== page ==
REGION — Count Robert Engler among those who think the forthcoming superbloom of 5G antennae across San Diego County — one sometimes within 500 feet of the next and never much more than 1,000 feet away — will blight town and country up and down the Pacific coast.
The UC San Diego medicine professor emeritus is among scores of residents who undersigned a letter to county supervisors outlining their opposition to a policy, later unanimously approved, that places few restrictions on where the four national mobile carriers can place the hardware that will carry the cellular signals that make possible the next generation of super-fast wireless internet access.
“I am deeply concerned about the new (Federal Communications Commission) directive making it possible for the telecommunications industry to place cell antennas anywhere in the county right-of-way. I am voicing my strong objections to the FCC takeover of the county’s land as well as due process with respect to our rights. … We do not feel that the current county plan to update the zoning ordinance provides enough protection for communities such as ours,” said Engler, who lives between Solana Beach and Rancho Santa Fe in the Rancho Del Mar neighborhood.
Engler does not, however, share many of his allies’ views that the 5G antennae pose a health threat to people who live nearby and who will use 5G-equipped devices. The radiofrequency radiation emitted by the antennae, both in older cellular data networks and the 5G network to come, does not appear to pose any harm to humans, he said.
“I do not have any concerns about RF radiation effecting health. My concerns are aesthetic … I did look at the literature and concluded that there is no evidence to support RF [radiation] causing disease in those living close to high-emission sources,” Engler said
In this, he is in agreement with the mobile carriers themselves, with the industry’s ostensible regulators at the FCC and with consensus of published academic studies of radiofrequency radiation.
“Radiofrequency emissions from antennas used for cellular and PCS (personal communications service) transmissions result in exposure levels on the ground that are typically thousands of times below safety limits. These safety limits were adopted by the FCC based on the recommendations of expert organizations and endorsed by agencies of the Federal Government responsible for health and safety. Therefore, there is no reason to believe that such towers could constitute a potential health hazard to nearby residents or students,” the FCC has stated in published guidelines on cellular transmission infrastructure placement.
On Aug. 8, FCC chair Ajit Pai, a former general counsel for Verizon, said he would recommend to the full commission that it maintain current limits of radiofrequency radiation emitted by wireless devices and infrastructure components. If approved, the action will end an inquiry started by the FCC in 2013 into more stringent limits are warranted.
In a press release announcing the recommendation, the commission quoted Jeffrey Shuren, the Food and Drug Administration’s Center for Devices and Radiological Health as saying, “(t)he available scientific evidence to date does not support adverse health effects in humans due to exposures at or under the current limits … ” and “(n)o changes to the current standards are warranted at this time.”
Nevertheless, a passionate confederation of residents is skeptical of the “all’s clear” assurances issued by researchers and policymakers.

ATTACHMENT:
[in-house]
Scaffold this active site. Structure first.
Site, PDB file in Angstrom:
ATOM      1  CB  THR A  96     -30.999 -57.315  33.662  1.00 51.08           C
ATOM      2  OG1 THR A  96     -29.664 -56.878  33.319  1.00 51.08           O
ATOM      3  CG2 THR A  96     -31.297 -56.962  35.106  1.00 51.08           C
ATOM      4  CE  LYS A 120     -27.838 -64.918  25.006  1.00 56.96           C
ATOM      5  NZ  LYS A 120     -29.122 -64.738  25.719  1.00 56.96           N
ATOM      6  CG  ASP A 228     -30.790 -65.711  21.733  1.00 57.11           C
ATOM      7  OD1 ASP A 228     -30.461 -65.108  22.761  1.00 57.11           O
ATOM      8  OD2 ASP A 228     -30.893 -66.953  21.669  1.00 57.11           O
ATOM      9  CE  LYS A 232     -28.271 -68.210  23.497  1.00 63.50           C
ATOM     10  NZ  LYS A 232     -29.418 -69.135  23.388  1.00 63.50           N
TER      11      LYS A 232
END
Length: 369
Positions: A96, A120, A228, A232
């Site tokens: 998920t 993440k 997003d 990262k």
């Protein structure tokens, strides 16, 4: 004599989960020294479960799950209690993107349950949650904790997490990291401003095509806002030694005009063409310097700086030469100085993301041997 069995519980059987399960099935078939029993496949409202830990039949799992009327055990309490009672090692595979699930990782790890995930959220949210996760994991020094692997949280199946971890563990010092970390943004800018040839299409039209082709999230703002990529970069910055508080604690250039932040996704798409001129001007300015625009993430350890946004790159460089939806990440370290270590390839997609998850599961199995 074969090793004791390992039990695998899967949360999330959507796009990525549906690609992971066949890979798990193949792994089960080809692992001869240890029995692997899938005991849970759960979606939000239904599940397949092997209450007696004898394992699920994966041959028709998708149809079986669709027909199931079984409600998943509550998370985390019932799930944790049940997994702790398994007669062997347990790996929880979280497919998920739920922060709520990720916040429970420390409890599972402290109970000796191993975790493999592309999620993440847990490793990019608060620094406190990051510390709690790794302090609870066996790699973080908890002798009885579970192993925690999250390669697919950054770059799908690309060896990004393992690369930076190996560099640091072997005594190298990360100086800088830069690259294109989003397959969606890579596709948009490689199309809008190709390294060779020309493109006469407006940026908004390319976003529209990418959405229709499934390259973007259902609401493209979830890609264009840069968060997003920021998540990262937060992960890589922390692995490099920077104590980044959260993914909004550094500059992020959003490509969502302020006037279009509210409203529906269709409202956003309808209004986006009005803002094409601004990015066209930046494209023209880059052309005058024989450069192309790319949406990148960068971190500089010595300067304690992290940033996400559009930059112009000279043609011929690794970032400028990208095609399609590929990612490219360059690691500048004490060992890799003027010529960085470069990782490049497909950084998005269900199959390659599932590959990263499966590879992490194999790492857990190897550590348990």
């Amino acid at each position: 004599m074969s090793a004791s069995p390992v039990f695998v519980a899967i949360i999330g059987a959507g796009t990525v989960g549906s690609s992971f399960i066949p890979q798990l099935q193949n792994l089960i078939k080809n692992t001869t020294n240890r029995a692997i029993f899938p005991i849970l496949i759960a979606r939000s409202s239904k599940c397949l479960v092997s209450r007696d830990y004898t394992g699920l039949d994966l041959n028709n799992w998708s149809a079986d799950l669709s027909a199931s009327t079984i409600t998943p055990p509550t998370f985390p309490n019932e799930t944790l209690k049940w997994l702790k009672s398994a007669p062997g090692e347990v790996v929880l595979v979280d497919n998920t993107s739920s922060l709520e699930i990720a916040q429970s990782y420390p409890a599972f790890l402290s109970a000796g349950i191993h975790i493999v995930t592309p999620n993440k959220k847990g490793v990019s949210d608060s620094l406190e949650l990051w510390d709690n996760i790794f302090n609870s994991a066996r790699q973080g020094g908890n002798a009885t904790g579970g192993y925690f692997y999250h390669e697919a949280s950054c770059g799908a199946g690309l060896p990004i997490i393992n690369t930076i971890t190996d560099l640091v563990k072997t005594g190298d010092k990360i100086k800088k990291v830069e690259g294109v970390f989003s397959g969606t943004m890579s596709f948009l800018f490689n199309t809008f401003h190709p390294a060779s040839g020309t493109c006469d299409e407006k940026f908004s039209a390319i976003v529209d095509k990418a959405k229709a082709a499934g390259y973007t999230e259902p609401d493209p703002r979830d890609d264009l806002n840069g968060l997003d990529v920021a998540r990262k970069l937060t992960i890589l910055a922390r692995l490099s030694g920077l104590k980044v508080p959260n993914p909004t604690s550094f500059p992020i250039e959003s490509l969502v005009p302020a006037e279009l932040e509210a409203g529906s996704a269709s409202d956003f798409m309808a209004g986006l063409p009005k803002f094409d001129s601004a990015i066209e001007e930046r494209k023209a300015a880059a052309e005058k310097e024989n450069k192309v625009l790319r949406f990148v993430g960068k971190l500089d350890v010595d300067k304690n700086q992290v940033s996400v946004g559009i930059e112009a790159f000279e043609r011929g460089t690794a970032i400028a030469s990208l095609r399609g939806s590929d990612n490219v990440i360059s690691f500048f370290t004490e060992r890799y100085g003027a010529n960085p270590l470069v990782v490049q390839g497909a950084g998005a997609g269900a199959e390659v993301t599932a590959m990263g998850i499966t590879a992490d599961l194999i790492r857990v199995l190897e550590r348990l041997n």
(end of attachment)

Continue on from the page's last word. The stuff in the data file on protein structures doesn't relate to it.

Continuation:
Locally and across the nation, people say they are concerned about the unknown health risks that might be unleashed by the new technology. At an Aug. 7 board of supervisors hearing on the proposed policy, a majority of those who thought that county officials should claim authority to regulate where and how the mobile carriers build their 5G infrastructure did so because they fear radiation emitted by 5G antennae.
UC San Diego medicine professor Beatrice Golomb wrote to supervisors prior to the meeting asking them to block construction of 5G antennae in areas under their control until they could take steps that include setting up an independent epidemiological study to measure whether rollout of 5G increases local incidence of certain cancers, as well as neurological, cardiological and other health problems.
Quoting a former Brussels environmental minister who opposed 5G rollout there, Golomb wrote, “We hope our elected leaders and government officials show equal courage in defense of their people. Pressures to prioritize industry over human interest will be strong. Lucrative industries and PR operations with which they work have well learned the lessons pioneered by Big Tobacco, heavily funding science and scientists to generate doubt and deny health problems, using resources to influence or ‘capture’ legislators, legislation, nonprofits, media, journalists and regulators.”
Her tone was echoed by Del Mar resident Stephanie Boege, who told supervisors: “You are the last line of defense against this blanketing of radiation that is about to happen.”
San Diego County Supervisor Diann Jacob, who chairs the board, said she is not convinced herself that 5G will not harm public health but made the motion to adopt policies weaker than those recommended by the county planning commission.
“I’m concerned that 5G may cause significant potential health risks. I’m not convinced that it does not,” she said. “ … I greatly resent the fact that the FCC has usurped our local control considering health aspects because it’s a questionable area and we’ve received some testimony today that’s pretty compelling along those lines.”
The policies passed 5-0 with votes in favor from supervisors Kristin Gaspar, a former Encinitas mayor, and Jim Desmond, a former San Marcos mayor, both of whom also said that FCC mandates limit how far they can go to restrict the antennae placement.